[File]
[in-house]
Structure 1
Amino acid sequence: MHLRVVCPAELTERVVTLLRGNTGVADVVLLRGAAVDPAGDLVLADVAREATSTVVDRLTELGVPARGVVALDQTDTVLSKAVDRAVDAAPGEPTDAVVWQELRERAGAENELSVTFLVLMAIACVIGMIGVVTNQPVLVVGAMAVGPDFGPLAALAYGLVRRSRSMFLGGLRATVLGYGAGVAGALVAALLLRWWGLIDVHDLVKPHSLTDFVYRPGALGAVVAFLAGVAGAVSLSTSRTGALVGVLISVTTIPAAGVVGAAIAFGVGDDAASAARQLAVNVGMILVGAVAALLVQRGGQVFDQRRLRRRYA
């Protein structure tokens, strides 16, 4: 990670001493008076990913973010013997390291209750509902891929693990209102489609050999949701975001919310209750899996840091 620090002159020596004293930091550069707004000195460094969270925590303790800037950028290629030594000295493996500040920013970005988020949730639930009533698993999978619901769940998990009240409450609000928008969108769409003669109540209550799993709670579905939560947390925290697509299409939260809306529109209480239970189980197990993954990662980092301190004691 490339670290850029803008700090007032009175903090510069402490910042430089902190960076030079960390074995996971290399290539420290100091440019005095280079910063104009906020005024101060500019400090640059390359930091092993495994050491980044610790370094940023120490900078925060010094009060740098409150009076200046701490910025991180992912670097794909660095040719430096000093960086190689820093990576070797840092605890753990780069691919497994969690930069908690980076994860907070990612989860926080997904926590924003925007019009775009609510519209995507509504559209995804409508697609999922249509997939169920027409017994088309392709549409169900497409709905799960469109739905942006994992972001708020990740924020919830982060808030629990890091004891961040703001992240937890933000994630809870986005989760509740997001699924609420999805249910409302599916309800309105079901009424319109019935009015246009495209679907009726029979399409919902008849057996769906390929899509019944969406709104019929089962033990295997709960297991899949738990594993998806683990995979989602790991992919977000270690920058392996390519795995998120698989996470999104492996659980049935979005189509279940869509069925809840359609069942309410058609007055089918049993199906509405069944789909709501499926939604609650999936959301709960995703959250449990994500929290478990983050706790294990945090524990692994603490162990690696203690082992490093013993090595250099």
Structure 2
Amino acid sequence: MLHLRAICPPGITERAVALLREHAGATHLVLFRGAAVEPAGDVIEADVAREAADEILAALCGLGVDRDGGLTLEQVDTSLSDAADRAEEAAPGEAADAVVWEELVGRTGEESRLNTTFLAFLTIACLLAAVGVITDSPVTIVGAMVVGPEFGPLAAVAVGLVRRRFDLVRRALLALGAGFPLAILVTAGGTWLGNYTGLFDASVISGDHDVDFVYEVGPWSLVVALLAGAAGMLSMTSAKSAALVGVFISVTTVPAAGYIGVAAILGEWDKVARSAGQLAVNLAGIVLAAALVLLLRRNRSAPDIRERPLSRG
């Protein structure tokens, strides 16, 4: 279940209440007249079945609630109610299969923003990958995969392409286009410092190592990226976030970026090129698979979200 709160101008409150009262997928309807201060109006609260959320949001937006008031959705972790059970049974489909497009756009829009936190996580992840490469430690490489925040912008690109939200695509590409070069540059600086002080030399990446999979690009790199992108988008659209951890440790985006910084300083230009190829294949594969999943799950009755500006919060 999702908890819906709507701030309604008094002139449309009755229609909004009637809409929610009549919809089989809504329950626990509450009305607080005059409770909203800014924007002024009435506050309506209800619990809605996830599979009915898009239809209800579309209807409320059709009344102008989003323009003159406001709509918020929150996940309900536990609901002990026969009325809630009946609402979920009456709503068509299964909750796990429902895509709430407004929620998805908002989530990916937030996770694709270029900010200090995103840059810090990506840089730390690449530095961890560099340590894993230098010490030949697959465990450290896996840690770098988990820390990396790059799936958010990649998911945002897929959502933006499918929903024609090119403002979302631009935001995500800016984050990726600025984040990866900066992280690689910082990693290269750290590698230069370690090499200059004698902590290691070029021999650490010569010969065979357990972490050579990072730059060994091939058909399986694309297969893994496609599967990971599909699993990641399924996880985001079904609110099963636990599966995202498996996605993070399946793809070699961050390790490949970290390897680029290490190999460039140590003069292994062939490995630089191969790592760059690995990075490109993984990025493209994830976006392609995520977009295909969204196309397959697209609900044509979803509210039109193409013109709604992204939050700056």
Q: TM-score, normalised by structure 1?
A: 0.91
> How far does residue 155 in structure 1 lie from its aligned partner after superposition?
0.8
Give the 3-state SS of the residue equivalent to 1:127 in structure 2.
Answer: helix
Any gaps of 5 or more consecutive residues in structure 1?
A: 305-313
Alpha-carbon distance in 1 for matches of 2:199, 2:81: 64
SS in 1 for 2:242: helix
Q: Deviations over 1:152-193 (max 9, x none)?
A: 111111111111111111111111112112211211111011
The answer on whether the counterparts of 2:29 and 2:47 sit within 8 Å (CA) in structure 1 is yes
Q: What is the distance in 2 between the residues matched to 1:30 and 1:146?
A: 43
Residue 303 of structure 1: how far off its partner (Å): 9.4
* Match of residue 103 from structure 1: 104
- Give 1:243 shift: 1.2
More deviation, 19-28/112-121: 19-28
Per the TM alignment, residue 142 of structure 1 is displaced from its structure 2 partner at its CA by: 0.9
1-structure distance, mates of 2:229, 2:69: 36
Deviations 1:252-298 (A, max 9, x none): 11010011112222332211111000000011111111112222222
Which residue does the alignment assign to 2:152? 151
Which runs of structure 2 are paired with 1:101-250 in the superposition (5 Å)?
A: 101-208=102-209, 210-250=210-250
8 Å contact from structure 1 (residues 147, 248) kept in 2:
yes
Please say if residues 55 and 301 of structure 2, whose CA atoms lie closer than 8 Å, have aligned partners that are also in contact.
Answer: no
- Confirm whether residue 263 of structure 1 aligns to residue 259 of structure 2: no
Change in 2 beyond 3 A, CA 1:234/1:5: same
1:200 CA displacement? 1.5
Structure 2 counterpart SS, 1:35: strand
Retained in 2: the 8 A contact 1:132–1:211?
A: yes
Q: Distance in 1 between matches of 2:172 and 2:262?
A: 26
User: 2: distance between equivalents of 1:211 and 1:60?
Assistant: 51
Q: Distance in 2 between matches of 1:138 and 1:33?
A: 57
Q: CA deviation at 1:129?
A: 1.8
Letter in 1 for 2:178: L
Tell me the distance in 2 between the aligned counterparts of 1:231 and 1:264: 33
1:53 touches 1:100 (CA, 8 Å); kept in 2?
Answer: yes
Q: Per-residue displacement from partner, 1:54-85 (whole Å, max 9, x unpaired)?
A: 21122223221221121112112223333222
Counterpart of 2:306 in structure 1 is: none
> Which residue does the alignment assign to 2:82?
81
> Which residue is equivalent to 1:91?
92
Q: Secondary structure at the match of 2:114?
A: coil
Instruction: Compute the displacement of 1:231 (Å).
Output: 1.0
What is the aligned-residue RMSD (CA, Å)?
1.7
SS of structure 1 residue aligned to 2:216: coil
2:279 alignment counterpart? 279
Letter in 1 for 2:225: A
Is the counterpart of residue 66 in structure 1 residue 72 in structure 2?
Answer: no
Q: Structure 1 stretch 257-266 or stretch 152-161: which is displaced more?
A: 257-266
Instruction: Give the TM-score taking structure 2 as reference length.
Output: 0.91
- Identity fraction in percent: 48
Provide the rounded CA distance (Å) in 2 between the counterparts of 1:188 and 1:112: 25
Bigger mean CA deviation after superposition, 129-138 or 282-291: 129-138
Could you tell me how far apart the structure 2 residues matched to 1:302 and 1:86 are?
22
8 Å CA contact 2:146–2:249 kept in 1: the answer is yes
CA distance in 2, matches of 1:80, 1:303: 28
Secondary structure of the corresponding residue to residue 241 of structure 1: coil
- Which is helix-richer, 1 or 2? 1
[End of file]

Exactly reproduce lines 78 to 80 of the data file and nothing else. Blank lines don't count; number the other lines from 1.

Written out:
Provide the rounded CA distance (Å) in 2 between the counterparts of 1:188 and 1:112: 25
Bigger mean CA deviation after superposition, 129-138 or 282-291: 129-138
Could you tell me how far apart the structure 2 residues matched to 1:302 and 1:86 are?